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Law ensures posthumous votes count


Rae Johnson of Coeur d'Alene recently lost her husband, but not before he voted absentee in the Idaho primary. Carl Johnson's vote still counts according to Idaho law. Rae Johnson of Coeur d'Alene recently lost her husband, but not before he voted absentee in the Idaho primary. Carl Johnson's vote still counts according to Idaho law. 
 (Jesse Tinsley/Jesse Tinsley/ / The Spokesman-Review)
Rae Johnson of Coeur d'Alene recently lost her husband, but not before he voted absentee in the Idaho primary. Carl Johnson's vote still counts according to Idaho law. Rae Johnson of Coeur d'Alene recently lost her husband, but not before he voted absentee in the Idaho primary. Carl Johnson's vote still counts according to Idaho law. (Jesse Tinsley/Jesse Tinsley/ / The Spokesman-Review)

It took more than blindness and having a leg amputated to prevent 84-year-old Carl Johnson from voting.

Not even death could keep the Coeur d’Alene resident and World War II veteran from participating in democracy.

Johnson died three days before the May 25 primary election, but he managed to fill out an absentee ballot shortly before his death. Thanks to a new state law, his ballot was counted.

Johnson’s widow, Rae, said he would have been furious had his vote been thrown out. Besides, Democrats in North Idaho need all the help they can get, Rae Johnson joked.

“That would have been devastating to him to think that he voted and it would not be counted,” she said. “He would have been raving about the fellas overseas who might have been killed and their votes not counted, either.”

Kootenai County Clerk Dan English worked with Rep. George Sayler, D-Coeur d’Alene, to change the law. The issue had long been a cause for English. Throwing away a dead citizen’s absentee ballot didn’t happen often, but English said he was “heartbroken” on the few occasions that it did.

“When you think of dead people voting, you think of Chicago,” English said. “It’s not that at all. Our feeling was if they cast it and it’s here, it should be treated like any other vote. All the safeguards are in place.”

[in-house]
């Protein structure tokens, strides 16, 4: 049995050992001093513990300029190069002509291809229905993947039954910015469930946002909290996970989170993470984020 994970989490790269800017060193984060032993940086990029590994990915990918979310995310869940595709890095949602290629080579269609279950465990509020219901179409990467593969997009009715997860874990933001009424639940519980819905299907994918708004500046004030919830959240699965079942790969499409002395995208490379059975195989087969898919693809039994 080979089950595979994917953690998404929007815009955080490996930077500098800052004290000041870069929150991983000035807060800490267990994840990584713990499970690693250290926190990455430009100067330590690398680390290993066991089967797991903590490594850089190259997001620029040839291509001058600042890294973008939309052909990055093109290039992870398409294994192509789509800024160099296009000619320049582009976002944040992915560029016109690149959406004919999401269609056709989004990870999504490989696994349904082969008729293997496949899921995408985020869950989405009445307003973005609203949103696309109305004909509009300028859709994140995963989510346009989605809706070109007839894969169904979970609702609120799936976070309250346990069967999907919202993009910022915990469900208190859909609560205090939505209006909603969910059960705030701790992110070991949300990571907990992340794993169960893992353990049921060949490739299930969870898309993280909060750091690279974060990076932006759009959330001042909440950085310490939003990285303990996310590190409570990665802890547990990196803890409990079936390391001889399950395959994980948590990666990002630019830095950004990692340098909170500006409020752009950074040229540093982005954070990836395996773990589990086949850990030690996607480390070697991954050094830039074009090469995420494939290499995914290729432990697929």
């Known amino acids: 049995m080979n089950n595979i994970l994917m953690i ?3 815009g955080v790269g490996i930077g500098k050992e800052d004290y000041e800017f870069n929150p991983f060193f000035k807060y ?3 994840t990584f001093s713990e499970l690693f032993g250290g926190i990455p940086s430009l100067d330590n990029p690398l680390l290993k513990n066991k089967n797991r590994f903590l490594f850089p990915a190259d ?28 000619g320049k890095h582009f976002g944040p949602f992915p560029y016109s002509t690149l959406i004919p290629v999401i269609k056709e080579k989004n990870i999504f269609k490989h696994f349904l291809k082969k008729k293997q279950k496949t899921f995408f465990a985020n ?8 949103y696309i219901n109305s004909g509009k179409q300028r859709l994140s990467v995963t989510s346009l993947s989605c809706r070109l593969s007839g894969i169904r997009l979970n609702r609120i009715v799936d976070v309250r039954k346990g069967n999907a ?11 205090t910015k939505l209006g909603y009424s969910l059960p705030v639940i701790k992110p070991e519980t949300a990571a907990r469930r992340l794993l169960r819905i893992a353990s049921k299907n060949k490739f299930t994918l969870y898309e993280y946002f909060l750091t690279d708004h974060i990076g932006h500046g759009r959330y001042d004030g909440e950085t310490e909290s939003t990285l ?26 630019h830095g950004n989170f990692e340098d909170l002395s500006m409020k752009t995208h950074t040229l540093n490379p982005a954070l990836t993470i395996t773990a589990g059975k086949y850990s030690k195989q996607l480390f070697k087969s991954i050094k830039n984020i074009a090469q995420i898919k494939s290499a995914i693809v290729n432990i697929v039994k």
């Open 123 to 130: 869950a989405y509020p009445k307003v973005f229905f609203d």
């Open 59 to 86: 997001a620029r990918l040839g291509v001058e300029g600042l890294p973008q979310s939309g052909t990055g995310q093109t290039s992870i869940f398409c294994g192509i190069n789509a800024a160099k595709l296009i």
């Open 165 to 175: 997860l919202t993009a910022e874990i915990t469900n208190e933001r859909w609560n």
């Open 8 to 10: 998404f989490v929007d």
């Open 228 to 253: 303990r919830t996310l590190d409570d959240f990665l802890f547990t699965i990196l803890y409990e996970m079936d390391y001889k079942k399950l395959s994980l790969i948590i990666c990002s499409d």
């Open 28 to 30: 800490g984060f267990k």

The issue was even more pressing with troops fighting on foreign battlefields, English said. Soldiers serving overseas vote by absentee ballot.

“If they got killed in action defending the right to vote and we would have to discard that — I just can’t imagine that. It’s just plain wrong,” English said.

Typically, bills don’t take effect until July 1. Sayler and English made sure the law had an emergency clause, allowing it to become the law of the land the moment it was signed by the governor. The law covers every resident of Idaho, but Sayler said he was especially pleased to learn that it benefited a citizen from his district.

“I’m very gratified that I was able to protect that person’s vote,” Sayler said. “He certainly gave a big sacrifice to protect our country.”

Voting was a duty that Johnson took seriously, his wife said. She doesn’t know exactly why he was so passionate about voting, but she offered a few guesses.

Maybe it was because of his service during World War II, she said. Johnson served with the 158th Infantry in Alaska. Later in the war he helped guard the Enola Gay, the plane that dropped the atomic bomb.

But even before joining the U.S. Army, Johnson was doing his part to improve the country. During the Great Depression, he worked for the federal government planting blister-resistant white pine in North Idaho. After the war he built a home in Coeur d’Alene’s Sanders beach neighborhood and worked as a postal clerk.

Johnson lost his sight late in life. But he didn’t slow down. Thanks to the training he received in 1996 from the Idaho Commission for the Blind in Boise, Johnson was able to continue woodworking.

“He would even run the power saw,” Rae Johnson said. No, he didn’t cut off any of his fingers, she added.

Johnson’s congestive heart failure worsened in recent weeks. Getting around was increasingly difficult. But he made sure he had filled out his absentee ballot. “He knew he was dying,” his wife said.

The simple act of voting was no longer so easy. Johnson needed his wife’s help to fill out the ballot.

Most other county residents never bothered to vote. Turnout was 24 percent.

“I think that’s awful,” Rae Johnson said. “What’s the matter with people? This is our right and privilege!”

She was more than happy to share her husband’s tale with the public.

“He would be proud to think that he would help with voting,” Rae Johnson said.

English, the county clerk, hopes people who think they are too busy to vote in the next election will remember the tale of the blind, one-legged veteran who still managed to perform his democratic duties while on his death bed.

“Of all the things you think you might want to concentrate on as you’re dying — for him, voting was one of the highest priorities,” English said.

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